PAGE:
|Swim Bladder Disorder||Difficulty swimming, floating or sinking||Poor nutrition, constipation, underlying health issues|
|Betta Tumors||Tumors or bumps on the body||Unknown|
|Surgery||Anti- biotics||Reduce Stress||Water Changes||Improved Nutrition||Anti- fungal Medicine||Anti- Parasitic medicine||Address Underlying Causes|
|Fin and Tail Rot||X||X||X|
|Hole in the Head||X||X||X||X|
|Swim Bladder Disorder||X||X|
Common Betta Fish Illnesses
As we mentioned above, bettas are pretty hardy little fish. In the wild, they often live in stagnant ponds and rice paddies, so they have a high disease resistance.
However, there are certain ailments to which they’re more susceptible. Below, we’ll take a closer look at some of them, and what they are.
Fin rot is one of the most common betta fish diseases. It’s generally the result of a bacterial or fungal infection taking root in any small scrape or wound.
Popeye is another type of infection that leads to one or both of your betta fish’s eyes bulging out of their skull. It’s generally a sign of some underlying health issues, or the result of an infected injury (especially around the fish’s face).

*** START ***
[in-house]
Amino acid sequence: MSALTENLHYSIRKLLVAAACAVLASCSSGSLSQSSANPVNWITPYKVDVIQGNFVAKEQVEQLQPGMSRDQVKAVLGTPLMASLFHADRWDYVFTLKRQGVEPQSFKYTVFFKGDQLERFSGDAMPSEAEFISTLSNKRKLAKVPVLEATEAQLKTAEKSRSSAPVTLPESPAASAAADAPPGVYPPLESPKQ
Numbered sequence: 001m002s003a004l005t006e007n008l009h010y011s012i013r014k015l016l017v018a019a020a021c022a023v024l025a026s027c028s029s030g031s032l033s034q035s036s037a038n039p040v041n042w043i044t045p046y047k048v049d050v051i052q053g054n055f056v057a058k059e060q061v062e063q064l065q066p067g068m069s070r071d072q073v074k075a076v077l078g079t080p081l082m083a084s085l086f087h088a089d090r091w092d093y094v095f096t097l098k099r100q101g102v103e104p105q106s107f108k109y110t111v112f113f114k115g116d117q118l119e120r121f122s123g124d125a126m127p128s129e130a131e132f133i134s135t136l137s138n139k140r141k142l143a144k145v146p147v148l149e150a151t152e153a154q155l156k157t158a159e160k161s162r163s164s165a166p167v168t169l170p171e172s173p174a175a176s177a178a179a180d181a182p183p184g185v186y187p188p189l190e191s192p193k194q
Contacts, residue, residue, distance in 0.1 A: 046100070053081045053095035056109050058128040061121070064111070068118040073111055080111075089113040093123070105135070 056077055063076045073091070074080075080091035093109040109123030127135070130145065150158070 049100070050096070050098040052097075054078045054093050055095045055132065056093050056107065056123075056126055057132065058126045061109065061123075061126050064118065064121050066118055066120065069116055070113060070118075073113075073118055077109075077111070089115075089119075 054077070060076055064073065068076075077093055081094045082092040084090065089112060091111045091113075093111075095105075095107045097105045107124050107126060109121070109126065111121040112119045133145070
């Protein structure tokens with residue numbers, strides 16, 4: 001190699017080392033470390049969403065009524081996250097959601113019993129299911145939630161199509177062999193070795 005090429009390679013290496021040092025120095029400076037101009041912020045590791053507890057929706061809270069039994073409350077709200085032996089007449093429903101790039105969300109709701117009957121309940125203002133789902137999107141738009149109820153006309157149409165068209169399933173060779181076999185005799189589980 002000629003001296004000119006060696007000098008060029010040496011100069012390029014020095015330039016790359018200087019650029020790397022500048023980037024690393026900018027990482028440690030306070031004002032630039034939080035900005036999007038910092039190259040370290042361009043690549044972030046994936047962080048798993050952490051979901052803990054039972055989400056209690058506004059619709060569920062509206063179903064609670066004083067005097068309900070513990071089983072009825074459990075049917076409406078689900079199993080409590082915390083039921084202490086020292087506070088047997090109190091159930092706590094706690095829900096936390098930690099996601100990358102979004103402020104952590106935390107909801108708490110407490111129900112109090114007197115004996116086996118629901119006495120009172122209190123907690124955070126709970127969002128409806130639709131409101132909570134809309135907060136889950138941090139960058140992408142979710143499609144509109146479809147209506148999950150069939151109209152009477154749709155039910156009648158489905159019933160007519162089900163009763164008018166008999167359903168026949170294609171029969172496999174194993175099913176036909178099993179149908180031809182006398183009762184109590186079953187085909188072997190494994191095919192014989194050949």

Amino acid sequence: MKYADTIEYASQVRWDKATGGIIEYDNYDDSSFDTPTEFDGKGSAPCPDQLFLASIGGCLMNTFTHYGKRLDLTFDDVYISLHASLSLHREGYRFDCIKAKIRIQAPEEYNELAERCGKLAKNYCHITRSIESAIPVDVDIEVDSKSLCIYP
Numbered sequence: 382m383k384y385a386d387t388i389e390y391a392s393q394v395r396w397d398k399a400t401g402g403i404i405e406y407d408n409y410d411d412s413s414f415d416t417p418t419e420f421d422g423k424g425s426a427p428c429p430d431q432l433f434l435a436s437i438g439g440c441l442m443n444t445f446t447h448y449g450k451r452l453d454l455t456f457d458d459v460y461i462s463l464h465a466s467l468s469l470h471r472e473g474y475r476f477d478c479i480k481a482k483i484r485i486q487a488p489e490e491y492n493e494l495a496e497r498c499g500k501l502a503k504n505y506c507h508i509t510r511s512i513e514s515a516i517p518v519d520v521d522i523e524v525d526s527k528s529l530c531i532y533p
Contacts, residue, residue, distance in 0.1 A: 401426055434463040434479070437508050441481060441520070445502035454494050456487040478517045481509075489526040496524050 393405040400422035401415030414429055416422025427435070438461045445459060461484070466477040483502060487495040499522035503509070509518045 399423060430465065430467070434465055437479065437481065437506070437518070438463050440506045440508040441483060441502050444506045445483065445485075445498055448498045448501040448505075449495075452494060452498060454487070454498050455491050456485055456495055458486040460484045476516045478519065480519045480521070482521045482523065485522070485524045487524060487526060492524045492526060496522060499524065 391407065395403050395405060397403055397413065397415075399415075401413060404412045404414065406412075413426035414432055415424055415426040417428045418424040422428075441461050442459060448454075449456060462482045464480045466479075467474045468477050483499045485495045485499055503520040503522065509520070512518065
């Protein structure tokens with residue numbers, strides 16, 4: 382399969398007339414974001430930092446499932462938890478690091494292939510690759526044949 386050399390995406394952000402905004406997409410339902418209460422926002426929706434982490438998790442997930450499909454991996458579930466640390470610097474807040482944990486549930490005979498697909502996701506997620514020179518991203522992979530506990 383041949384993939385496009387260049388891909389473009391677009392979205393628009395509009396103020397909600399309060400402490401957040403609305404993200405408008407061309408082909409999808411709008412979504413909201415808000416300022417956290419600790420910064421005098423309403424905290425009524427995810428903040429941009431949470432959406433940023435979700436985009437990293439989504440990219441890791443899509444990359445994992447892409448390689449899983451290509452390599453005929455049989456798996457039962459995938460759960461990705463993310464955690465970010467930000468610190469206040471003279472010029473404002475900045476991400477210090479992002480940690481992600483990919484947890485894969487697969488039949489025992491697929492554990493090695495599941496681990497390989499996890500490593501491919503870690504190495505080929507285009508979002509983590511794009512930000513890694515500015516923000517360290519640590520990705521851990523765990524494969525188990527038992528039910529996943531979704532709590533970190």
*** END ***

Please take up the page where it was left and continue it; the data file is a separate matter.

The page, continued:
Ich, or white spot, is the bane of any aquarist’s existence. It’s an incredibly common parasite that dwells in gravel, and many fish carry it on them without it ever manifesting.
However, if the fish gets ill from something else or suffers unusual amounts of stress, it can manifest at any time.
Less common than the other diseases listed here, Velvet is a parasitic infection resulting from poor water conditions.
Unfortunately, Dropsy is a relatively common disorder in aquarium fish. It’s a type of bacterial infection caused by inadequate water conditions.
Cottonmouth is a type of mouth fungus that looks like the fish is carrying around a small ball of white or gray cotton wool. This fungal infection can be the result of injuries to the mouth or water that isn’t clean enough.
Swim Bladder Disorders